Who’d be a writer? Gone are the days when it was enough to sit in a garret chain-smoking their way through the magnum opus.
Today’s writer must be a performer, at ease with unpicking the contradictions of their work before audiences at book festivals from the Borders to Bombay. For the shy, it must be agony. Why can’t it just be about the words?
The truth is that literary festivals, even the most high-minded, are never just about the book. I’ve lost count of the number of times somebody, when told about my job running the Wigtown Book Festival, has said: “And what do you do the other 11 months of the year?” Oh, this and that, I reply, trying not to throw my glass of wine over them.
The “this” encompasses monitoring reports, meetings with sponsors and partners, funding applications, emails to accountants and trustees – a whole dead forest of forms, fit to fill a library. And the “that”? Oh, yes, I remember, books. Reading them, thinking about them, talking about them. Note to self: don’t forget the books.
Wigtown, as I’ve found over the past five years in the job, is a great place for getting things done. Can-do is the default position. A lot of borrowing goes on. At the moment, we are hunting old washing machine doors to make portholes (for building a time machine: it’s a long story). I’ve also just laid hands on the equipment for doing a drive-in movie – Breakfast at Tiffany’s – in the Galloway Forest Park.
Inevitably, part of the festival organiser’s job – and I’m lucky to have a small but brilliant team to help – is to be the ring-master who pulls the six-ring circus together.
But we’re back to that question again: why can’t it all just be about the words? Do we really have such little faith in literature that we have to dress it up with all these bells and whistles?
It’s a fair question but it’s worth noting that any literary event, however trad, is a bastardisation of sorts. The book is its own medium that, as most literary theorists would agree, speaks independently of its author. If you’re a real purist, you don’t need to see the writer at all.
In other words, the love of spectacle, the thrill of getting up close to an author and imbibing a little bit of their literary celebrity isn’t something that some book festivals have and others don’t: it’s innate to the whole festival idea. It’s just a matter of degree.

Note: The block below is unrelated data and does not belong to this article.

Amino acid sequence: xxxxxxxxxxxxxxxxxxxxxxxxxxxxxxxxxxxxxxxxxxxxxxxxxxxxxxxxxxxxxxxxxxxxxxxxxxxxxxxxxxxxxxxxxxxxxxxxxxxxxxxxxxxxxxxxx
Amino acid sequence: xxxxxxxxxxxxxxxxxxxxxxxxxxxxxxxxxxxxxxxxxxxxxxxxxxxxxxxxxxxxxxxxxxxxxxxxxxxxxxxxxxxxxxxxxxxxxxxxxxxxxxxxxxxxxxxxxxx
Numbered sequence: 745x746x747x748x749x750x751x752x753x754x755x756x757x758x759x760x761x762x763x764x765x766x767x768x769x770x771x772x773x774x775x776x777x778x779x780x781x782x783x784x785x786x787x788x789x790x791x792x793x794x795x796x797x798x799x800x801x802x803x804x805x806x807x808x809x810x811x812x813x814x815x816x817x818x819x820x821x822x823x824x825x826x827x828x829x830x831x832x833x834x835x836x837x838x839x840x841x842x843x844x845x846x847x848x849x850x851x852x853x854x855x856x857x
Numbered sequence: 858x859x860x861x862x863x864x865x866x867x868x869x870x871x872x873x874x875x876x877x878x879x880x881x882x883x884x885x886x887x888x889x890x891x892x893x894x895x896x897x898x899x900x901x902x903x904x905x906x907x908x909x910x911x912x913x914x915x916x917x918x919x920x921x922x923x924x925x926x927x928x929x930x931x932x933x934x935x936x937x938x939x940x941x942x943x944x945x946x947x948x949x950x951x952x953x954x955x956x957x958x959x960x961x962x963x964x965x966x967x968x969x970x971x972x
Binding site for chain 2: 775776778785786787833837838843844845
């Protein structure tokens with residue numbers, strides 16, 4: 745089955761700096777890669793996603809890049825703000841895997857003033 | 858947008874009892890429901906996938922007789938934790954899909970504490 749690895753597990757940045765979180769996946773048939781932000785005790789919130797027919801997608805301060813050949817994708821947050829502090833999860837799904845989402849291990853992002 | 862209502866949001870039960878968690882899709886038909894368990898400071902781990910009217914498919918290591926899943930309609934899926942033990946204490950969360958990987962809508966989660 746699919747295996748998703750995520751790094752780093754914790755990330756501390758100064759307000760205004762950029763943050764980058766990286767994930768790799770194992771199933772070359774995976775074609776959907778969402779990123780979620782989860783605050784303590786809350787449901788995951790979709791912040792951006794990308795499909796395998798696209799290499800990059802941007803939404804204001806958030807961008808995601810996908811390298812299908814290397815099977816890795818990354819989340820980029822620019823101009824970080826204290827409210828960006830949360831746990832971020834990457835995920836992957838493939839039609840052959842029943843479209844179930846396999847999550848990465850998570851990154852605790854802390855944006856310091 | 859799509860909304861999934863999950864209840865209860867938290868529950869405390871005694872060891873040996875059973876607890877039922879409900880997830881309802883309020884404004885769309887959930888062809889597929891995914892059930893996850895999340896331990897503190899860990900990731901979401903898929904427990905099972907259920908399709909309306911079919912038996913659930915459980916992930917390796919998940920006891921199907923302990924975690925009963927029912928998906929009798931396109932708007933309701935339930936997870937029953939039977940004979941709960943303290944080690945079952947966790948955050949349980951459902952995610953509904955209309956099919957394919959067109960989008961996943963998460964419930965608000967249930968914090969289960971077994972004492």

Nor is it first and foremost the job of a book festival to act as a cultural gatekeeper – to keep out all but the most exquisite writing and refined thought at all costs. There are academics to do that and critics. At Wigtown, we love good writing as much as anyone: from Anne Applebaum to James Meek, Artemis Cooper to Robin Robertson, this year’s programme is packed with it.
But respect for these writers’ talents isn’t diminished by the more light-hearted side of the festival. A clifftop walk in the footsteps of The Wicker Man or a supper round the campfire with the wonderfully named Guyrope Gourmet can be inspiring in their own way – just as inspiring as a good book.
A good festival creates its own world for its duration, one parallel to the everyday then, like Prospero’s revels fades away, leaving a distinctive glow. I hope that the world we create at Wigtown for ten days every autumn feels just a little bit more friendly, a little bit smarter and a little bit more full of possibility than “real” life. If we manage to do that we’ll have succeeded, even if we haven’t done it all “by the book”.
• Adrian Turpin is director of Wigtown Book Festival which runs from 27 September to 6 October (www.wigtownbookfestival.com).